before posting an angry post full of logical fallacies about how they are wrong, stop and seriously consider that they are might be right
The amount of insult you are feeling is inversely proportionally to how much you know that you they are probably correct, at least more correct than wrong. You might not even know why they are correct, but you know it hit a nerve and you are angry.
I originally went to study art after high school, commercial art to be specific. Apple introduced the laser writer the end of my freshman year, and I saw the writing on the wall. Let the #ageism comments begin.
The hardest part of commercial art, mechanicals, had just been completely commoditized and I added a video production/animation major as insurance. Which was a good idea, I was right about commercial art salaries cratering, video took another couple decades.
I wrote my own 3D animation modeling and rendering and machine control automation software as a means to an ends. Long story short, I realized I like working with machines more than people.
Well the first thing they teach you in art school is how to give and take criticism. Both constructive and non-constructive. It is crucial to your growth as an artist and growing your career.
Everyone has an opinion about art, and you have to learn to consider all of them. So you can separate the constructive from the non-constructive.
Even the ones that insult you the most, especially those. Understanding why they insult you the most is very important to your growth as a person if nothing else.
More importantly you have to learn how to give constructive criticism.
Anyone can yell "you are wrong" to the void.
The those with experience can tell someone they need to change and back it up with logic and reason without resorting to Begging the Claim and other logical fallacies or ad hominem attacks.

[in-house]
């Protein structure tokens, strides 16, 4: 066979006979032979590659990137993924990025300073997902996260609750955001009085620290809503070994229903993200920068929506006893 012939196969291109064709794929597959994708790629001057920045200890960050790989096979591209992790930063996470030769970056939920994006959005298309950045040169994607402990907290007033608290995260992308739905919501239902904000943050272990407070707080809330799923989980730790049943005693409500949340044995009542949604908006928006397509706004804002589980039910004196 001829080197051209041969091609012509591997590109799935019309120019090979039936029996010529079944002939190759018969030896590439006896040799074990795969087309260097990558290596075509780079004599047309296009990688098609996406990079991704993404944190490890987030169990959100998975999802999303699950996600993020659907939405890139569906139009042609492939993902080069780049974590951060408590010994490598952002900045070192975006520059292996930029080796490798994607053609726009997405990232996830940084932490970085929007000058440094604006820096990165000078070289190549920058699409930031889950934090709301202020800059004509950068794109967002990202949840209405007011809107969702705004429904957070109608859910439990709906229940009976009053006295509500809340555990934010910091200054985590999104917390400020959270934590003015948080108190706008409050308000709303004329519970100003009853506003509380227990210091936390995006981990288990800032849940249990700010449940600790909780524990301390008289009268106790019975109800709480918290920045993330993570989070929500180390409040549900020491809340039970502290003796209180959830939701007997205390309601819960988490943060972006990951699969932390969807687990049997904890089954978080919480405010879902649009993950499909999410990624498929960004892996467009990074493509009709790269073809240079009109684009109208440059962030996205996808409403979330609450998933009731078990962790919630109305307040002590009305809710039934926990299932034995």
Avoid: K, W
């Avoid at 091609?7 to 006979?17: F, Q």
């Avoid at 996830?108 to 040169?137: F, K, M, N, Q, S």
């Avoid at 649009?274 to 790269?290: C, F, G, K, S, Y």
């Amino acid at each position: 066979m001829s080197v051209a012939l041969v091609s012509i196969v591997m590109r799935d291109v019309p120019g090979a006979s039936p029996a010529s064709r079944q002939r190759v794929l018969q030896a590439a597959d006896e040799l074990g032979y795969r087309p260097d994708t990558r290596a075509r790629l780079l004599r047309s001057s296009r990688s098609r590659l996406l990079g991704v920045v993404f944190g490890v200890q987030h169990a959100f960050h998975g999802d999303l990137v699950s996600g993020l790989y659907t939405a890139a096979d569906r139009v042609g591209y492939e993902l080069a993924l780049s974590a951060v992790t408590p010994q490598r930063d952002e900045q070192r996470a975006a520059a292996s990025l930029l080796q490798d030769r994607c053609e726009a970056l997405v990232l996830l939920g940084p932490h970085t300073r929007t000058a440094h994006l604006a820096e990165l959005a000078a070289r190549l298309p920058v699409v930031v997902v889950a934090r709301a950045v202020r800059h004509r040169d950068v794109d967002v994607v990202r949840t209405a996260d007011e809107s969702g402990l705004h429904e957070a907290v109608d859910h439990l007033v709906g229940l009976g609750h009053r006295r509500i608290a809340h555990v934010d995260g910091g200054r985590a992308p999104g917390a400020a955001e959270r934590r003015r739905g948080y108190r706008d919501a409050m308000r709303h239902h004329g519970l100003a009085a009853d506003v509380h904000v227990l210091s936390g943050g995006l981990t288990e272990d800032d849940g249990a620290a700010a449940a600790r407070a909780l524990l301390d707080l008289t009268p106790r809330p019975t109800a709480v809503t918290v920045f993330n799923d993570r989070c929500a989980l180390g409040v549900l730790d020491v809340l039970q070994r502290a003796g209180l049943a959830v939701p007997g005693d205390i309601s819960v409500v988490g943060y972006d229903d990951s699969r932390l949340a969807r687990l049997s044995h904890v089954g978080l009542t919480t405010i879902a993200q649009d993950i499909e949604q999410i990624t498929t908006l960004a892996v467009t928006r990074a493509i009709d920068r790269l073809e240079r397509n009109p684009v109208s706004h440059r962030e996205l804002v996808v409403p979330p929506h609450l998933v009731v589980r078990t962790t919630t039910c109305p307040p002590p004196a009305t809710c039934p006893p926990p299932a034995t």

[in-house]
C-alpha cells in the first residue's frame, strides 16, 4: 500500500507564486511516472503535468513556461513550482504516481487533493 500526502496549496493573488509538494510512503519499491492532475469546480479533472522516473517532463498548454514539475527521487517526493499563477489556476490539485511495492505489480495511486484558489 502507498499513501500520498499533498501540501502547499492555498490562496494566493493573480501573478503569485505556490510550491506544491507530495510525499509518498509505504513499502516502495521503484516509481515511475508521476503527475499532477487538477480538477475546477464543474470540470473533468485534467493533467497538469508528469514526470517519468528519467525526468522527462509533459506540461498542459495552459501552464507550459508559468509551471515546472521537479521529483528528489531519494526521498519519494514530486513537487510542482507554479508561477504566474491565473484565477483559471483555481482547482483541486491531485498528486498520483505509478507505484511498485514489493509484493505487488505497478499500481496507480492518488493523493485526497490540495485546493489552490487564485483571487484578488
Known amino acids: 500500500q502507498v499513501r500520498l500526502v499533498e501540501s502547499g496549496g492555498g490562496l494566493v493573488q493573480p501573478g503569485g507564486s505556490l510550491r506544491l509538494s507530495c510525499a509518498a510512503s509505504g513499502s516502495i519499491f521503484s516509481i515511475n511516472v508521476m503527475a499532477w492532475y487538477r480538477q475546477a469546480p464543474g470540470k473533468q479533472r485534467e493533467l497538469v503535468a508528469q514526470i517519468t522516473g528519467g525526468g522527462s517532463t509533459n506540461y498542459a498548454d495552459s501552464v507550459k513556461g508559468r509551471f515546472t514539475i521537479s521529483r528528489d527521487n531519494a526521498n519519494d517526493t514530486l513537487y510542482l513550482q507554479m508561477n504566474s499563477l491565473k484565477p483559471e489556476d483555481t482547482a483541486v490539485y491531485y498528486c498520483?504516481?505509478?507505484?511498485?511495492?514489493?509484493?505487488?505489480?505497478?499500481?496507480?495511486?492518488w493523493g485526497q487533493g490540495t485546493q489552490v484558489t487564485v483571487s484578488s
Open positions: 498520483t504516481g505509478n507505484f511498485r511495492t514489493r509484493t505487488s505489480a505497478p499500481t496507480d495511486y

There are four types of criticism and you need to learn how to tell the difference between them. Because, only two of the types are worth your time considering.
There is positive and negative criticism, and there is constructive and non-constructive. Thus you can have four distinct types.
Constructive criticism should always be considered, both positive and negative. Non-constructive criticism, which is the majority of what you will get from random anonymous internet is easy to disregard, but can be hard to ignore. Especially about things that are empirical and not just opinion based.
Constructive criticism does not just tell you that it agrees or disagrees with you, but why and gives an alternatives to whatever is being criticized in a measured informed manner that sticks to the topic and is not littered with logical fallacies.
If someone agrees or disagrees with you and their reasoning is based on one or more logical fallacies then you should realize very quickly it is a waste of your time and ignore it and move on.
But with publishing on the internet, it gets really hard to just ignore misinformation, especially misinformation that can make your peers make mistakes and by extension make your life harder and your chosen career worse.
I think we all have a responsibility to correct or at least call out misinformation that makes the internet worse.
Public schools used to have debate clubs. Teachers used to teach how to learn, how to think about things objectively and logically and identify logical fallacies. Not only in others debates or reasoning but in your own.
I think that is why the Dunning/Kruger Effect seems to be on the rise.
It was always there, but putting a name on it and how to identify it formally makes you more cognizant of it.
Now they just teach how to take and pass tests. DotCom bubble certification farms proved that is worse than worthless to our industry.
The massive audience and scope of the internet has made a lot of the problems with people that do not have these skills much worse.
The populist idea that everyone has an equal weight opinions about subjects that require formal study, that are extremely complex, nuanced and years if not decades of experience in them to understand them, much less master them is a huge problem.
If you made it this far, then I hope I made it Constructive, if your receive it as positive or negative, is probably up to confirmation bias more than anything else. So this is my attempt at a solution ...
Re-read this entire article for comprehension, they write your comment, but before you publish it. Delete it. Then re-read this entire article again, write your comment. Delete it. Re-read this ...
You get the idea, when and if your comment becomes constructive, publish it. If it isn't constructive and just a salad of logical fallacies with populist dressing, you are not making the internet (and the world) a better place.